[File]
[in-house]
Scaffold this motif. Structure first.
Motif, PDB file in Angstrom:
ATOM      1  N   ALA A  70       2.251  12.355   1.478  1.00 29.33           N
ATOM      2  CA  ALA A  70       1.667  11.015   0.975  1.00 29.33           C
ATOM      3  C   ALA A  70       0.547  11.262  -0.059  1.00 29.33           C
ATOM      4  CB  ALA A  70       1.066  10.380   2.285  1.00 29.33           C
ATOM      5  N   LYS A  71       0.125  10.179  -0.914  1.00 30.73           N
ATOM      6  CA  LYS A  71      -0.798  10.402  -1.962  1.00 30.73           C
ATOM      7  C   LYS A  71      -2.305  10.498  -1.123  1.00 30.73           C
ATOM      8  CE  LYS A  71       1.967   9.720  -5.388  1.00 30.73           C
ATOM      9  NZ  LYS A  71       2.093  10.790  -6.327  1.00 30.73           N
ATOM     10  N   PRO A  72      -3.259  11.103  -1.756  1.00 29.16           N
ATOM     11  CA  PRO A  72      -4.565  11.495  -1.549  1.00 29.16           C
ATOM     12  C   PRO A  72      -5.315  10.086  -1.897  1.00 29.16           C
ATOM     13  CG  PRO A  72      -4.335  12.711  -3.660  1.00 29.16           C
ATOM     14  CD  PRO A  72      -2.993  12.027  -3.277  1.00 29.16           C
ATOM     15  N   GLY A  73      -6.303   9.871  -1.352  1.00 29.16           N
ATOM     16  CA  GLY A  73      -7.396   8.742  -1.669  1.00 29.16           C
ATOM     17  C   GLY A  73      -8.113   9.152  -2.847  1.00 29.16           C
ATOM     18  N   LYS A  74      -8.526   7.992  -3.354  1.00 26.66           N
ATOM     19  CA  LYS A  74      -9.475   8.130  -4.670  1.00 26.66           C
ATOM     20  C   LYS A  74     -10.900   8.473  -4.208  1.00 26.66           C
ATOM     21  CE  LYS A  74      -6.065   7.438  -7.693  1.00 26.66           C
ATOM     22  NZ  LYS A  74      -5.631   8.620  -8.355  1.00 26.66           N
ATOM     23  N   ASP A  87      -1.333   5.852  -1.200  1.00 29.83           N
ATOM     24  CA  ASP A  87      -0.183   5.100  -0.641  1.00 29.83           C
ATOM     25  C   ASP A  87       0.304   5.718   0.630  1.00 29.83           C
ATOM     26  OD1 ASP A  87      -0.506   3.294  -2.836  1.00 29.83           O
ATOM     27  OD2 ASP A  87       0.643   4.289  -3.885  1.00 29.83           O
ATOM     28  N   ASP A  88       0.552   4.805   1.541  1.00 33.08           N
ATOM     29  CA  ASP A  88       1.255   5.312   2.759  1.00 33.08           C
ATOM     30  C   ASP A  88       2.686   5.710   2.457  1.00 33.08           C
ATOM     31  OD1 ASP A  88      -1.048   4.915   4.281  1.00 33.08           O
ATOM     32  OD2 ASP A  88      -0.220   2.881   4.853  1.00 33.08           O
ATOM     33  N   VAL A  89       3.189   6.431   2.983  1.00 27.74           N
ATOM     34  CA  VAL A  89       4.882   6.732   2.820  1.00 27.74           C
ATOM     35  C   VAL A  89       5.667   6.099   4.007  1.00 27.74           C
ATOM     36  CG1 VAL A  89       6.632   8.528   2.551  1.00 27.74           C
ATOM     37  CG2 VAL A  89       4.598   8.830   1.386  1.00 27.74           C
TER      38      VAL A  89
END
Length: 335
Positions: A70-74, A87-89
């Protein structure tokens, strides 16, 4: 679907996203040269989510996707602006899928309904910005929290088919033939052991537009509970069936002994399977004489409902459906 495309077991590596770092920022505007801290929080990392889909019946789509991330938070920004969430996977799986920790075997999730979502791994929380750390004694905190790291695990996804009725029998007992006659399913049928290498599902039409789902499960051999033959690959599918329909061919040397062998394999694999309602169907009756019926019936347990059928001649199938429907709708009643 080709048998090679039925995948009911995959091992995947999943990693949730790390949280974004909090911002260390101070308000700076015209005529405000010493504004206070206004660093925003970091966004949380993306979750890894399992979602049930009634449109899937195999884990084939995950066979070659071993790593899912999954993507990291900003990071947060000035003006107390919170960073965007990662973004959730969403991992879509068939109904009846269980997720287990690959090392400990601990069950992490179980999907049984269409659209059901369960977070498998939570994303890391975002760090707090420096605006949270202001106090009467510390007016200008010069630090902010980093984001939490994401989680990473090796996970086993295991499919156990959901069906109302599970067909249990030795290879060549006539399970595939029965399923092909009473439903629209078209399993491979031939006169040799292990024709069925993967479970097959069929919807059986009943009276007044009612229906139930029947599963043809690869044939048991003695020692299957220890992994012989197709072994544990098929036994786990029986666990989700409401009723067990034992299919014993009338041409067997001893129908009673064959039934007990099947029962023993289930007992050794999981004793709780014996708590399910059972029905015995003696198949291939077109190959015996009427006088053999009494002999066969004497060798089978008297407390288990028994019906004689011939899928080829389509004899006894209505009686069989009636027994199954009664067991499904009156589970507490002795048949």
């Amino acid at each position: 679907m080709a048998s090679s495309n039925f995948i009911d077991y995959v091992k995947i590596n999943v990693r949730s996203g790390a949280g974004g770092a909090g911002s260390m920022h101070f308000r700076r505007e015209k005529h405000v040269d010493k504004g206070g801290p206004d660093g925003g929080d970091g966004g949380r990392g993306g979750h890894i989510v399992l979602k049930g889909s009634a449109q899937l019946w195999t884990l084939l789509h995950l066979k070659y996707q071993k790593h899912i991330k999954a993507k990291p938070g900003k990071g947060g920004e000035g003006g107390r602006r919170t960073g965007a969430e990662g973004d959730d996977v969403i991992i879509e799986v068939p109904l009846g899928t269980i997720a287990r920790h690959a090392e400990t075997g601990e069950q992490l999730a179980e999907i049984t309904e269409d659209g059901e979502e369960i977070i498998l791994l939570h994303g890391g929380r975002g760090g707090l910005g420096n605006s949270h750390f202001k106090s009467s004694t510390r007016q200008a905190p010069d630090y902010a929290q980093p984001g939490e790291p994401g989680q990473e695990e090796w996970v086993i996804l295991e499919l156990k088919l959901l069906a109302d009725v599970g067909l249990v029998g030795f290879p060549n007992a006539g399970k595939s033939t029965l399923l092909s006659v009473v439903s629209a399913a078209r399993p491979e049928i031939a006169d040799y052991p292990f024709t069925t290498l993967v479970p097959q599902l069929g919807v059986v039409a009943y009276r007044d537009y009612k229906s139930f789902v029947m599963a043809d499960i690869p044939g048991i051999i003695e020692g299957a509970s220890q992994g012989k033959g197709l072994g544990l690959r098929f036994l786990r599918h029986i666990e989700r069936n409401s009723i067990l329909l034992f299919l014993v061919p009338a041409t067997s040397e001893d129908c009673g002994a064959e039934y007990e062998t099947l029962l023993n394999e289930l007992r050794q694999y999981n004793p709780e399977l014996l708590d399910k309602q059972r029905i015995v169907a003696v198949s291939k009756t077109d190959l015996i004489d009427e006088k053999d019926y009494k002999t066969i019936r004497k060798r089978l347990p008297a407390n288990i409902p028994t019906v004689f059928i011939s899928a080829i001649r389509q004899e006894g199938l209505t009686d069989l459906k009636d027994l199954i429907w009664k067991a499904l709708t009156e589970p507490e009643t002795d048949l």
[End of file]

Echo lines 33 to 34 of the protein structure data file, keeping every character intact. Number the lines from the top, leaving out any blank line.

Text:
ATOM     30  C   ASP A  88       2.686   5.710   2.457  1.00 33.08           C
ATOM     31  OD1 ASP A  88      -1.048   4.915   4.281  1.00 33.08           O